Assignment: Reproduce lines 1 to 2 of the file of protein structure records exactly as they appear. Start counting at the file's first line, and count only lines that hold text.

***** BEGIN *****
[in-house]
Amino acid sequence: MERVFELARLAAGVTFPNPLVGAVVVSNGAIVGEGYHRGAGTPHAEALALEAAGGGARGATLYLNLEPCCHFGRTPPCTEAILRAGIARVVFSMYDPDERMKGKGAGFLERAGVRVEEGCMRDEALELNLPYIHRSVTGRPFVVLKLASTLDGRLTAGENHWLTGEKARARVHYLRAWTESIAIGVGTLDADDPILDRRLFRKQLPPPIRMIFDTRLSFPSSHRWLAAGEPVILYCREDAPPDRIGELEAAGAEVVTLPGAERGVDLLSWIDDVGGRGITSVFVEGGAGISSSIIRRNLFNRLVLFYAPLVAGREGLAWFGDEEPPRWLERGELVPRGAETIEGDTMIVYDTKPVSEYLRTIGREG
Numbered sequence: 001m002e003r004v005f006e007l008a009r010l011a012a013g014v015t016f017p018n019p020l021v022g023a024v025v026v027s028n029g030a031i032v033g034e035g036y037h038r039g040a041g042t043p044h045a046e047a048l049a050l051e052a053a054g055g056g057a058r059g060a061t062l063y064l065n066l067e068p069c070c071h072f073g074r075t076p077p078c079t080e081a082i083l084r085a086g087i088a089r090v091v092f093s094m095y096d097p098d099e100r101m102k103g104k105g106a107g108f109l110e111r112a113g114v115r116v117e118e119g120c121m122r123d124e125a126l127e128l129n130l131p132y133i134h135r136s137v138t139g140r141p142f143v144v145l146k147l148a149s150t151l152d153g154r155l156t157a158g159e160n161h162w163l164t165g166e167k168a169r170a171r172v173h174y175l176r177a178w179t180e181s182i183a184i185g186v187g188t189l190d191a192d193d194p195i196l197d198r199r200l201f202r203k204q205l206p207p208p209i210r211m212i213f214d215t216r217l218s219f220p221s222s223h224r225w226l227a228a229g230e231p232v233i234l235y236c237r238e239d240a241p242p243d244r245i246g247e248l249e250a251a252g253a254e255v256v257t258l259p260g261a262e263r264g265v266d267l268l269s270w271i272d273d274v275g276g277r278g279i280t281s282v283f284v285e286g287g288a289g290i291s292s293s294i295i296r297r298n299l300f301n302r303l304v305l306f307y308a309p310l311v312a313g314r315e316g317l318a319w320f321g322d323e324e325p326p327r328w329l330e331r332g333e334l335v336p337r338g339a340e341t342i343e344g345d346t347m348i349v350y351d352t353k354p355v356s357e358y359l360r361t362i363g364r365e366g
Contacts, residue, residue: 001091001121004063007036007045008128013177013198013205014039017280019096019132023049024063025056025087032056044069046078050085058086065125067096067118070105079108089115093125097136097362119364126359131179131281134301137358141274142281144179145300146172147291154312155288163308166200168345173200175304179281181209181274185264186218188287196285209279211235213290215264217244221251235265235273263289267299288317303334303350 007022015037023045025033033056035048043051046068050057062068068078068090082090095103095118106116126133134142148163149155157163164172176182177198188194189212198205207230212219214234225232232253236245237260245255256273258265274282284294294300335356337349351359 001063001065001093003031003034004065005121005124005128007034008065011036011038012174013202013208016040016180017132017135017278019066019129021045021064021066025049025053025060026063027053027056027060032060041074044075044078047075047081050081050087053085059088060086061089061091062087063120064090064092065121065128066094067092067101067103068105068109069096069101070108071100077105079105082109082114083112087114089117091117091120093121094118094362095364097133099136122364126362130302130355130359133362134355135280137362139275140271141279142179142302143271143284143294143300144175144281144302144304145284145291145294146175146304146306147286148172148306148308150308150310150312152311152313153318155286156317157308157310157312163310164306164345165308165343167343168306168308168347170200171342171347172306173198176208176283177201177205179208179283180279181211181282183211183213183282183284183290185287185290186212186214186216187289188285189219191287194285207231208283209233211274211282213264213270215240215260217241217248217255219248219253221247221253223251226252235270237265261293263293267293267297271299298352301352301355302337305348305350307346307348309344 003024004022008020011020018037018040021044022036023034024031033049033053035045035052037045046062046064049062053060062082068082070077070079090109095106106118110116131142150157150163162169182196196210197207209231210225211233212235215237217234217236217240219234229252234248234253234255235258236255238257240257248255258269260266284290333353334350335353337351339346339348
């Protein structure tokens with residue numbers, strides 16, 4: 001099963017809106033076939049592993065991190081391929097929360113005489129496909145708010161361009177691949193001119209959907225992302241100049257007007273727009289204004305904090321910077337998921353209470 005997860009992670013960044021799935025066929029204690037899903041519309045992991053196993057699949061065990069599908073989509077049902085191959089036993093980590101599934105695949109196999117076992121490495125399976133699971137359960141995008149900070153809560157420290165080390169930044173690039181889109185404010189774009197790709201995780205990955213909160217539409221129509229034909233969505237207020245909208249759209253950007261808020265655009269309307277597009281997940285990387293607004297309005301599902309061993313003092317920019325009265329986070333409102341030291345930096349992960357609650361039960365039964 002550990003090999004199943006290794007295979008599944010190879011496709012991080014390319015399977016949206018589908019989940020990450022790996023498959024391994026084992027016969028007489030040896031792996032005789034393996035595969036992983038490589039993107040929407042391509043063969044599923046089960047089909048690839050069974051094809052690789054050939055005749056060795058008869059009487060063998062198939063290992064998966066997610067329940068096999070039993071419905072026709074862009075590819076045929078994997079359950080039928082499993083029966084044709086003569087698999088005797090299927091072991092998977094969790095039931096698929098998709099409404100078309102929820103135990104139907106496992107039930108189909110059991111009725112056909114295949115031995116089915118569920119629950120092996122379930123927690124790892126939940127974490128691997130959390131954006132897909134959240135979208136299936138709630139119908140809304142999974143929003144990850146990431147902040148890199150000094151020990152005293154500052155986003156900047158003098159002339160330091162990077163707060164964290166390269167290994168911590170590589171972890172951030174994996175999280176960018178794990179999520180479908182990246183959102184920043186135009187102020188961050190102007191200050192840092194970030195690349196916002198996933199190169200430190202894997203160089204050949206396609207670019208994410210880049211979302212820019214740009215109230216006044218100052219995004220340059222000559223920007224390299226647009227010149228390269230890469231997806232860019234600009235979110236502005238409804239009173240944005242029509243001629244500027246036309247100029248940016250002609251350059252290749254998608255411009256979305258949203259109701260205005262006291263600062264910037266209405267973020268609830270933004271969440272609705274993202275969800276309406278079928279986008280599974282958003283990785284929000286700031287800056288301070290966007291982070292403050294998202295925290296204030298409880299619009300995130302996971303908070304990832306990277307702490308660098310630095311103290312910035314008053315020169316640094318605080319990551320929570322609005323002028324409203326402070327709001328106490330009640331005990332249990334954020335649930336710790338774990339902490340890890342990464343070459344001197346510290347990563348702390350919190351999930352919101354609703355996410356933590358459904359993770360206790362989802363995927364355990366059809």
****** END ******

[in-house]
Amino acid sequence: MERVFELARLAAGVTFPNPLVGAVVVSNGAIVGEGYHRGAGTPHAEALALEAAGGGARGATLYLNLEPCCHFGRTPPCTEAILRAGIARVVFSMYDPDERMKGKGAGFLERAGVRVEEGCMRDEALELNLPYIHRSVTGRPFVVLKLASTLDGRLTAGENHWLTGEKARARVHYLRAWTESIAIGVGTLDADDPILDRRLFRKQLPPPIRMIFDTRLSFPSSHRWLAAGEPVILYCREDAPPDRIGELEAAGAEVVTLPGAERGVDLLSWIDDVGGRGITSVFVEGGAGISSSIIRRNLFNRLVLFYAPLVAGREGLAWFGDEEPPRWLERGELVPRGAETIEGDTMIVYDTKPVSEYLRTIGREG